The US elite has always been aware of this gap between the goals of the US empire and the resources available to be able to attain those goals. Overextension refers to the gap between goals and resources. Since the early postwar period debate about how the US should manage its global military and political power has been ongoing. After the war there was the conflict between people like George Kennan – the former chief foreign policy studies officer of the State Department – who said that the US should choose very selectively those areas in the world that it considers very vital to its interests, and focus on ‘defending those areas’. There was a conflict between this approach and the type of thinking embedded in National Security Council Memorandum 68. This saw US power as infinite in terms of resources, and therefore able to expand and extend its power to many points throughout the world without having to worry about the gap between resources and goals.

This overextension, and the way that the NSC68 people dominated that debate in the 1950s and 1960s, led to the battle in Vietnam in the 1960s and early 1970s. In the 1990s we again saw this debate arising between people like Clinton and Madeleine Albright, who saw very many uses for US power including the intervention in Kosovo, and people like Colin Powell, who was very worried about the ways to extend US power. This resulted in the articulation of the so called ‘Powell doctrine’, which was really a rehash of the ‘Weinberger doctrine’ during the Reagan era. In the light of the bombing of the US Marine base in Lebanon, Weinberger, the defence secretary, argued that Lebanon threatened to suck the US into an unwinnable war. It was therefore better to cut and run, and this is what Reagan did.

In any event, the ‘Powell doctrine’ said that if we have to intervene, we have to do so with massive force from the very beginning or not intervene at all, because we risk getting caught up in a Vietnam-type situation. This debate, and the reality of overextension, has of course become very evident during the Bush period. We’ve had the Project for the New American Century. This was thought up by the neoconservatives who saw no bounds to US power and pooh-poohed any sort of concerns about overextension. This was the doctrine that guided the US intervention in Iraq. The proponents of this doctrine were so confident in US ability to control things militarily that they thought that 135,000 troops would be able to do the job.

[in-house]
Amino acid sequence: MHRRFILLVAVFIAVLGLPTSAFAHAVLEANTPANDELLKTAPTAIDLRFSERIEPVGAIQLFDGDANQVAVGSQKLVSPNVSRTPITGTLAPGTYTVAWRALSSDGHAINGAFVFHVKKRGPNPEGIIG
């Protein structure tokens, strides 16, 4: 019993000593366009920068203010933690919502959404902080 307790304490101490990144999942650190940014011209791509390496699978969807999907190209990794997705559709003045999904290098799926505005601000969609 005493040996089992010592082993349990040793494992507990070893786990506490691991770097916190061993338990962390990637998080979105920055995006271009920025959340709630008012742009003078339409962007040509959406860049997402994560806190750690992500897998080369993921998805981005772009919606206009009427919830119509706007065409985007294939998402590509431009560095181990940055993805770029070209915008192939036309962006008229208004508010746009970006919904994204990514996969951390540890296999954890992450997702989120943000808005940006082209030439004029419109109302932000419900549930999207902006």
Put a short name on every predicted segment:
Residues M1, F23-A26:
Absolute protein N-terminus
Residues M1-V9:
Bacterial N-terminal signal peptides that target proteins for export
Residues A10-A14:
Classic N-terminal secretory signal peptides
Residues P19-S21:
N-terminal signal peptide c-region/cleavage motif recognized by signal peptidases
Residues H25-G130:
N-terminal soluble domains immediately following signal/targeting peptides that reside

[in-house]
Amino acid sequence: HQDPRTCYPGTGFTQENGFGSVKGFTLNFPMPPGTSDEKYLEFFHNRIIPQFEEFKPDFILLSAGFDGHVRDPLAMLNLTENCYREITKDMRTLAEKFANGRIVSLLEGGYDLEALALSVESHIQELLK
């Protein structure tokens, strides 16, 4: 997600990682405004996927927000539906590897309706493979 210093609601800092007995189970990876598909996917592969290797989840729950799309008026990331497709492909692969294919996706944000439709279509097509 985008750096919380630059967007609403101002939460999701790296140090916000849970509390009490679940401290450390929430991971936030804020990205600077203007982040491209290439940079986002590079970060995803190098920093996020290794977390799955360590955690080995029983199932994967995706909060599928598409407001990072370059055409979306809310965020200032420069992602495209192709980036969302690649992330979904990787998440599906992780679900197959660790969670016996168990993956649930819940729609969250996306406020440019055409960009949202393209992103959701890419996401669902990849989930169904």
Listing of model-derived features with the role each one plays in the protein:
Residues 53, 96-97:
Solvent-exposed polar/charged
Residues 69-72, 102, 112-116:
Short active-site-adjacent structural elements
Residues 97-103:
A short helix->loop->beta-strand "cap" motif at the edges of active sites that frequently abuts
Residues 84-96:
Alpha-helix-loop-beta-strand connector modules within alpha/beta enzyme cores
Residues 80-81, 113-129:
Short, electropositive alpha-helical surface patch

Two years later it is clear that the US is overextended in Iraq. Some US military analysts have said that the only way to stabilise Iraq is with at least 500,000 US troops – some say a million are needed. But there is no way that that level of ground troop intervention will be reached without provoking tremendous civil strife in US society.

At the same time as the US is internally overextended in Iraq and the insurgency is winning, we have a situation whereby the focus on Iraq has basically led to a number of major setbacks for US policy: whether it is in Latin America, where the revolt against neo-liberalism and US power is definitely on the rise; in Europe, where clearly the Atlantic alliance has died with increasing competition, both economic and political; in Afghanistan, where the US is pinned down; or in a number of other areas in the world where, clearly, to talk about the interventionary capability of the US, one has to talk about ground troops’ capability, and that is the weak point of the US at the moment.

The crisis of legitimacy

The US has of course always been a unilateral power. But it has also combined at times a multilateralist cloak to this unilateral power. The US has worked its will through agencies like the World Bank and the IMF. Now, the only way the US can work through these institutions, having them appear independent although pushing US interests, is if it is willing to make concessions at some point. Clearly during the Bush period the US has used the WTO, the IMF and the World Bank directly as extensions of its power to the detriment of its own relations with even the other capitalist powers, like the EU and Japan. The latest brazen subjugation of these institutions directly to US power has been the appointment of Paul Wolfowitz as head of the World Bank.

The other thing is that bourgeois democracy, especially in the 1980s and 1990s, has been the mechanism by which the US has tried to re-establish ideological hegemony among the Third World countries. Throughout the developing world we have had the emergence of bourgeois democratic governments, reaching a peak in the 1990s. This has, however, been shortlived, mainly because the US has taken the leadership in using the bourgeois democracies to establish neo-liberal policies. It could not do this through the authoritarian dictatorships which had lost their legitimacy, and so it did this through regimes like that of Corazon C Aquino in the Philippines, Benazir Bhutto in Pakistan and Alberto Fujimori in Peru. The economic project of neo-liberalism itself thereby became the main subverter of these bourgeois democratic systems that Clinton was trying very hard to push in the Third World.